Community in Portugal


Portuguese tradition was defined by the Catholic church for centuries, right up until as recently as the 1990s. Only in 1989 was the Catholic church legally separated from the government, here. The Catholic church still plays an important role in civil society in both Portugal and Spain but not nearly as it once did as a monopoly. Today, there is a diversity of civil society groups providing services mostly through the government. Unlike in the United States, both Portugal and Spain have a very centralized unitarian governments that provide many specialized services that we might expect to be provided by private businesses. For example, many of the hostels that I slept in every night were owned and operated by the government or a government entity.

What community need did I learn about?:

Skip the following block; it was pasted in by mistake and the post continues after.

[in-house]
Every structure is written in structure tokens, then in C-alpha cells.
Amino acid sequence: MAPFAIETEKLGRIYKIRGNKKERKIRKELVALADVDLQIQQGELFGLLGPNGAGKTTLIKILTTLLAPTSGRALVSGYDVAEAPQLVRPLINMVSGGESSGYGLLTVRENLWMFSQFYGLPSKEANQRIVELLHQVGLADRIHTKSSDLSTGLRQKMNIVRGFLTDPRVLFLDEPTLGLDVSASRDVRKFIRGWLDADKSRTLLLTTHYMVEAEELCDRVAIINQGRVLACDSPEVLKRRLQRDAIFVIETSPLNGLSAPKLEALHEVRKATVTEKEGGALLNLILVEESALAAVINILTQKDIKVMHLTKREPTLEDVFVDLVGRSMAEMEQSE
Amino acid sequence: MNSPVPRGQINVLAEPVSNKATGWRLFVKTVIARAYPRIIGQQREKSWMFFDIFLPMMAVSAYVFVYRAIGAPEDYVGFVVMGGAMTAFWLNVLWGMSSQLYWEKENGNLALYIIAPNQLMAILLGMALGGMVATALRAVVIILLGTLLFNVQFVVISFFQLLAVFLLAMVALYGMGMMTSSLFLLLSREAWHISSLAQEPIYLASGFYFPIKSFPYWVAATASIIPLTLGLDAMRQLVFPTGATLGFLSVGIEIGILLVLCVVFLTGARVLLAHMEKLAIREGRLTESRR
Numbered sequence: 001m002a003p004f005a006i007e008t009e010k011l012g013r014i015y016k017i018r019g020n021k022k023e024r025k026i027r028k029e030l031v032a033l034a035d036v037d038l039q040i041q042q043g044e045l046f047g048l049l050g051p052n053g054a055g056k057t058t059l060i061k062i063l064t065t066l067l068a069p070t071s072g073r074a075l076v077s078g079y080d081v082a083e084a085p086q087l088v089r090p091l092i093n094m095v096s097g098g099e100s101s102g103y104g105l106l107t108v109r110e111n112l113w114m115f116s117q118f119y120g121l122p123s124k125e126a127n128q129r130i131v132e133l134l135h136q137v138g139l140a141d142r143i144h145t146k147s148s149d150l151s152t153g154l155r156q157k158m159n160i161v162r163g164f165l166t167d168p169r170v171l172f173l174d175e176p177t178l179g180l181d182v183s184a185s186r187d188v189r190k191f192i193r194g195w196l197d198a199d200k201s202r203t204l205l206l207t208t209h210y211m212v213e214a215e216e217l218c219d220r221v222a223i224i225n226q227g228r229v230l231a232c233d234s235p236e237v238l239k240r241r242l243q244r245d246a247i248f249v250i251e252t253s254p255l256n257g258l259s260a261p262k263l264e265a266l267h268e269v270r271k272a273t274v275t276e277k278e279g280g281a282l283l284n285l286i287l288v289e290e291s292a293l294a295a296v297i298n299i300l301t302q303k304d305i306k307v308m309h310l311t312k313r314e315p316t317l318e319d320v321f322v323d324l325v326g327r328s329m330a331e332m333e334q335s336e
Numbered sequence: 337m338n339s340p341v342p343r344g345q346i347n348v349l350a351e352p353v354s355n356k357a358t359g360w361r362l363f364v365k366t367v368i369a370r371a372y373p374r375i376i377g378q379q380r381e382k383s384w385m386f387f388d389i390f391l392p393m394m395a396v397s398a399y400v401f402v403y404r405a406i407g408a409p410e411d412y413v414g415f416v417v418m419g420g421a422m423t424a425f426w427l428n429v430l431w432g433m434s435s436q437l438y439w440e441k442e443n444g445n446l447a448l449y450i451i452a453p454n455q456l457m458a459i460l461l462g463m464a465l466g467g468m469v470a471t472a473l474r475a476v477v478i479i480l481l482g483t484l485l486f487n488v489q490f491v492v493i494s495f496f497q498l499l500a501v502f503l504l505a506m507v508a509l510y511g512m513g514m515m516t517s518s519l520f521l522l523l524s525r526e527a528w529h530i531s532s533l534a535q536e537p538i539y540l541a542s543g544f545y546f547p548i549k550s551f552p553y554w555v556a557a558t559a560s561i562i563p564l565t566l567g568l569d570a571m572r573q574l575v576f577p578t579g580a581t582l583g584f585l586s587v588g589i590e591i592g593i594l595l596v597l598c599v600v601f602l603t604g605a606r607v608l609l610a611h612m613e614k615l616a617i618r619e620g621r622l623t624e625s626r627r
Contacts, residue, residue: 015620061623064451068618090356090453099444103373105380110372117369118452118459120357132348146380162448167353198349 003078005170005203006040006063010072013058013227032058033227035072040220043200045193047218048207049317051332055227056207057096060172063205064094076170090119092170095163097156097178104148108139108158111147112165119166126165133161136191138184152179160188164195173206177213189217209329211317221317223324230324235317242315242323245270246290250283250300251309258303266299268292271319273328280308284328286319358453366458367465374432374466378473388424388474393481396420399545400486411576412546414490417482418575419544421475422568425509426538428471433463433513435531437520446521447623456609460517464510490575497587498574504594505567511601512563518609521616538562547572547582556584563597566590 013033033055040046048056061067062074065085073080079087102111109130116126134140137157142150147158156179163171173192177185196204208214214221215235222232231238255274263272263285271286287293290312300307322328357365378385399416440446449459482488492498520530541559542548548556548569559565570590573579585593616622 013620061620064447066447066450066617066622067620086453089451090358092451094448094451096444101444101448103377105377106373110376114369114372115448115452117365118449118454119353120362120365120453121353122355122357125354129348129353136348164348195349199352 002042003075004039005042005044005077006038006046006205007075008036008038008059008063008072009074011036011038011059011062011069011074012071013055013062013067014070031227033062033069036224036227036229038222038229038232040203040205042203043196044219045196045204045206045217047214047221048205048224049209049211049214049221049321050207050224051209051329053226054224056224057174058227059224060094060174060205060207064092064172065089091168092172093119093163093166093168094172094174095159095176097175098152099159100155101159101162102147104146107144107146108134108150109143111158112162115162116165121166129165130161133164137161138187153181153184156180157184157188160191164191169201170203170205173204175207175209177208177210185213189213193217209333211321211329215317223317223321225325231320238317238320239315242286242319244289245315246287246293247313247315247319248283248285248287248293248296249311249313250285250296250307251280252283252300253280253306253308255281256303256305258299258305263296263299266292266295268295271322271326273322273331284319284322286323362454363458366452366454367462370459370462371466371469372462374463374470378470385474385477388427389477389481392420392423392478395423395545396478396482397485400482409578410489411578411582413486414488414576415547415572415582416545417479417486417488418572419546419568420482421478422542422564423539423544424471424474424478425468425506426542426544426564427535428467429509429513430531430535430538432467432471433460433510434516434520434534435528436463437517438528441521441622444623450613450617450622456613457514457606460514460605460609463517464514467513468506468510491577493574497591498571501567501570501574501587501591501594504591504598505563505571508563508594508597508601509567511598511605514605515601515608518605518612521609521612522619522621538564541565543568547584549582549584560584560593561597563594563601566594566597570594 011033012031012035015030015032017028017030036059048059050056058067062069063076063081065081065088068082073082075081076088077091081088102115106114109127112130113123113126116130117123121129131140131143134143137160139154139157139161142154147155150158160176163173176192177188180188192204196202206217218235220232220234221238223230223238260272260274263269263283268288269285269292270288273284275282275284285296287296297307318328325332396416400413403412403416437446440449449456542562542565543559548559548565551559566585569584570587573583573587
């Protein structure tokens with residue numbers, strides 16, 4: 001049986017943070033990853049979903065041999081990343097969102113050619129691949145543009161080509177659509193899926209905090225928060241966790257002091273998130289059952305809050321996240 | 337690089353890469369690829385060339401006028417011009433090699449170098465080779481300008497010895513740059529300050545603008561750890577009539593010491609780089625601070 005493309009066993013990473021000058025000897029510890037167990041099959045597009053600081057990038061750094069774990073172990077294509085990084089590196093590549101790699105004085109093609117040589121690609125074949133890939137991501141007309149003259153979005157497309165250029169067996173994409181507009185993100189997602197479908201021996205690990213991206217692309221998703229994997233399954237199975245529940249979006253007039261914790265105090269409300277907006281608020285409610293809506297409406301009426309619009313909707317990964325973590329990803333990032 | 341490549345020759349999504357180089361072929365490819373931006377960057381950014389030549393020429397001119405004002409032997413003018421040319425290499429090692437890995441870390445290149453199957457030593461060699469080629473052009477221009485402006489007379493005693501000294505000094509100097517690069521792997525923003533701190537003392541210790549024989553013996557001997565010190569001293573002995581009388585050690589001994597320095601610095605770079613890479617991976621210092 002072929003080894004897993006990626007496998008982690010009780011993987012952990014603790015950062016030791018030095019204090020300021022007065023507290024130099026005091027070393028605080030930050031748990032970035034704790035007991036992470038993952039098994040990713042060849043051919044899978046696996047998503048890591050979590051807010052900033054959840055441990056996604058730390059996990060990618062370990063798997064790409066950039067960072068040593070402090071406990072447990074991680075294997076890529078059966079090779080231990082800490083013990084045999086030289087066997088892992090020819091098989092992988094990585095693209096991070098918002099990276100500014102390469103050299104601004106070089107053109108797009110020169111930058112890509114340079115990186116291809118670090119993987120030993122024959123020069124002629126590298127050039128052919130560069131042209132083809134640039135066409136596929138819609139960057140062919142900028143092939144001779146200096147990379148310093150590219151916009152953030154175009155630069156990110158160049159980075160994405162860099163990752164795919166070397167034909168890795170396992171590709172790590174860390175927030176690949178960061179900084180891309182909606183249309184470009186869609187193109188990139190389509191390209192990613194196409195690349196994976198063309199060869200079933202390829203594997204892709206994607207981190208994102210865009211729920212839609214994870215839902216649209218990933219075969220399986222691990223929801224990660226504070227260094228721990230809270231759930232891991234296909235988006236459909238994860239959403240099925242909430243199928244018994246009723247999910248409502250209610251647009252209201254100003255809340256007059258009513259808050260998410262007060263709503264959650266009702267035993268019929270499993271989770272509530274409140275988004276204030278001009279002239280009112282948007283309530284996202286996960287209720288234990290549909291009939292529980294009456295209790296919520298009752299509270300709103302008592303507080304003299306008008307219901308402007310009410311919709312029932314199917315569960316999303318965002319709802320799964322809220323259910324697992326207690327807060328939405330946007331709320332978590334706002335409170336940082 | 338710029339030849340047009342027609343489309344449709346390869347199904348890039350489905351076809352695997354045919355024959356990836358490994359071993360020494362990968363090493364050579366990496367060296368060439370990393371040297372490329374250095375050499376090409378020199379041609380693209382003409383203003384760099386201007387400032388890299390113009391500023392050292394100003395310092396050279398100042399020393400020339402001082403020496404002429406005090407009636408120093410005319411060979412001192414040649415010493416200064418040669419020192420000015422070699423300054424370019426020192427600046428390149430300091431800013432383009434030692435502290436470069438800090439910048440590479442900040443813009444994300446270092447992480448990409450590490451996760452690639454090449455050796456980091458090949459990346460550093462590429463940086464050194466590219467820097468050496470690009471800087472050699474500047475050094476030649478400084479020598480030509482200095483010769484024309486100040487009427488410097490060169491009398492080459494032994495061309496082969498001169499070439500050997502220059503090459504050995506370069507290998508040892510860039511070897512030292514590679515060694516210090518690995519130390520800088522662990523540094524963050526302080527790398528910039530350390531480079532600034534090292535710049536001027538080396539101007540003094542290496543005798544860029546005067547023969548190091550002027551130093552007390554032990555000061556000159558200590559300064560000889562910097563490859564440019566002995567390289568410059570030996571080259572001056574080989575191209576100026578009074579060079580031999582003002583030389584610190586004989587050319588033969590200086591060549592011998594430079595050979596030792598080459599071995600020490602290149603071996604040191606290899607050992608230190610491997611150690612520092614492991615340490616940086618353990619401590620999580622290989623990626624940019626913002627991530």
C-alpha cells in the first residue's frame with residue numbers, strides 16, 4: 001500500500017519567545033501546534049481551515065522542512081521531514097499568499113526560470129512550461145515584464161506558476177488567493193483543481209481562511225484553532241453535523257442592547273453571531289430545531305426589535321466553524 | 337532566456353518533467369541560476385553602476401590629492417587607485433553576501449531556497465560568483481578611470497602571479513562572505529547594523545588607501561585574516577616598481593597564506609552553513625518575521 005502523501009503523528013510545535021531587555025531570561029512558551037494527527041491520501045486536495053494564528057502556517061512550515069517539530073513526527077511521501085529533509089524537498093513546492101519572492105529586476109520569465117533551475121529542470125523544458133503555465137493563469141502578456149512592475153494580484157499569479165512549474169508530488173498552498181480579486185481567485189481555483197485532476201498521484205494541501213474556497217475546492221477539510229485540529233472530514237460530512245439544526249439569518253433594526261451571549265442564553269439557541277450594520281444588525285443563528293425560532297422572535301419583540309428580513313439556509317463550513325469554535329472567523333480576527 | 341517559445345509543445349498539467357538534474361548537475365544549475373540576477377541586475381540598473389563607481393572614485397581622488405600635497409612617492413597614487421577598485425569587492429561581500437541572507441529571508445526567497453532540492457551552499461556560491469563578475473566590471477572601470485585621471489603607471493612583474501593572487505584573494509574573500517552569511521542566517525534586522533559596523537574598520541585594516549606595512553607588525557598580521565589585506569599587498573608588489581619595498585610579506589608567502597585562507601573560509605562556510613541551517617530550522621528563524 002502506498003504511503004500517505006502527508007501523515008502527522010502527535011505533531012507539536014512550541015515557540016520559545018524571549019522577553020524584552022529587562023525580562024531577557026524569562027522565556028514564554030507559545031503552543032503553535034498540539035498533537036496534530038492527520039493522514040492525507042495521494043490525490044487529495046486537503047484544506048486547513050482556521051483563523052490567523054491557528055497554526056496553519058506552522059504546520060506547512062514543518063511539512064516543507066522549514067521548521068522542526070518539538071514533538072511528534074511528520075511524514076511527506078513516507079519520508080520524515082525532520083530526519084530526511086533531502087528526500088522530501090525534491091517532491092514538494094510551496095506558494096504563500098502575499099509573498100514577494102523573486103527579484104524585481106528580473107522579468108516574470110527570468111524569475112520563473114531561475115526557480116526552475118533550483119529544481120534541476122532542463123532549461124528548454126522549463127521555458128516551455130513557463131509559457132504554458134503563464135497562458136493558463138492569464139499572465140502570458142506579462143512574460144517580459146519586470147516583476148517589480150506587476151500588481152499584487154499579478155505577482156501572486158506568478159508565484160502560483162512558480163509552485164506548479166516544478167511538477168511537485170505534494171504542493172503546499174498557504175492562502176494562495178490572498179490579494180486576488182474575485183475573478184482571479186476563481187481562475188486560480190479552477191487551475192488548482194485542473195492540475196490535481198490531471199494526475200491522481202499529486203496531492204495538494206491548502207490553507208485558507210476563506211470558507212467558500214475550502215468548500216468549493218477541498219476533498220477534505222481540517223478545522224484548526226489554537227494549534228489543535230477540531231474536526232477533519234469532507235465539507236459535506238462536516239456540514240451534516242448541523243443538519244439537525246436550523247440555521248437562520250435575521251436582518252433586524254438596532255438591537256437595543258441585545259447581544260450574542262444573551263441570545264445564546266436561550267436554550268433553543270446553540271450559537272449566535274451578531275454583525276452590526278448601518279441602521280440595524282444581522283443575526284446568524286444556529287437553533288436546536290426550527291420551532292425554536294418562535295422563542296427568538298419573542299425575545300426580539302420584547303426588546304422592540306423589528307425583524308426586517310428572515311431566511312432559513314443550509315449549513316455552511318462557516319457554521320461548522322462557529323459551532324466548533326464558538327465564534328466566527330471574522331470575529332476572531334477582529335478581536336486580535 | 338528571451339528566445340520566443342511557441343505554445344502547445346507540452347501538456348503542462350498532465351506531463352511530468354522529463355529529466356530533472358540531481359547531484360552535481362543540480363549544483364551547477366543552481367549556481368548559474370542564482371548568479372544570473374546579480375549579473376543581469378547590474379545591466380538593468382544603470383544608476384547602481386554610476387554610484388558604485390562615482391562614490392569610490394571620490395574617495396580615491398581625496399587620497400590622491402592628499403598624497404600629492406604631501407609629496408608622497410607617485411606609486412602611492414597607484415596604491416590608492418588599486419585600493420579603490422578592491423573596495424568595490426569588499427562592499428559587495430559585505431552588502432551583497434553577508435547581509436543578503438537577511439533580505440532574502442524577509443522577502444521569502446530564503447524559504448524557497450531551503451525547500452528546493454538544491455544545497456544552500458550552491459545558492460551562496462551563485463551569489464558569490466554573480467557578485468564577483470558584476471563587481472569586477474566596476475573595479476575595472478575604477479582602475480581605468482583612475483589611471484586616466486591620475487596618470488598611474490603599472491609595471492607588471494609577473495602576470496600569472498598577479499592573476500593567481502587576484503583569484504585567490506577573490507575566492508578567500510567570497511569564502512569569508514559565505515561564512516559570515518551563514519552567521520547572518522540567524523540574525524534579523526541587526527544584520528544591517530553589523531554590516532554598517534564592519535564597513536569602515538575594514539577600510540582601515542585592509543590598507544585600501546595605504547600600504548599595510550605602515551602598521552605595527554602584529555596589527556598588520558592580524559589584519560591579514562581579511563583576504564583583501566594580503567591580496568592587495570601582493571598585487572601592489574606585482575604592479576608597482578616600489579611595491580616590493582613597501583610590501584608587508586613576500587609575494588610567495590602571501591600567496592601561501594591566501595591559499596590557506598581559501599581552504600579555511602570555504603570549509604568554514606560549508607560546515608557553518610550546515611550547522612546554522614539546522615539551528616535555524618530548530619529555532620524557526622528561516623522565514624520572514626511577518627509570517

I learned about surprisingly few community needs, as Portugal is very close to being paradise! However, the Portuguese complain about a lack of job opportunities and the high cost of living. Both of these complaints are valid.

Why does the community have this need?:

 The high cost of food and housing in Portugal is comparable to that experienced by the inhabitants of Germany, a country with a much higher average income. These issues motivate a lot of young people to leave for a better life in other E.U. countries.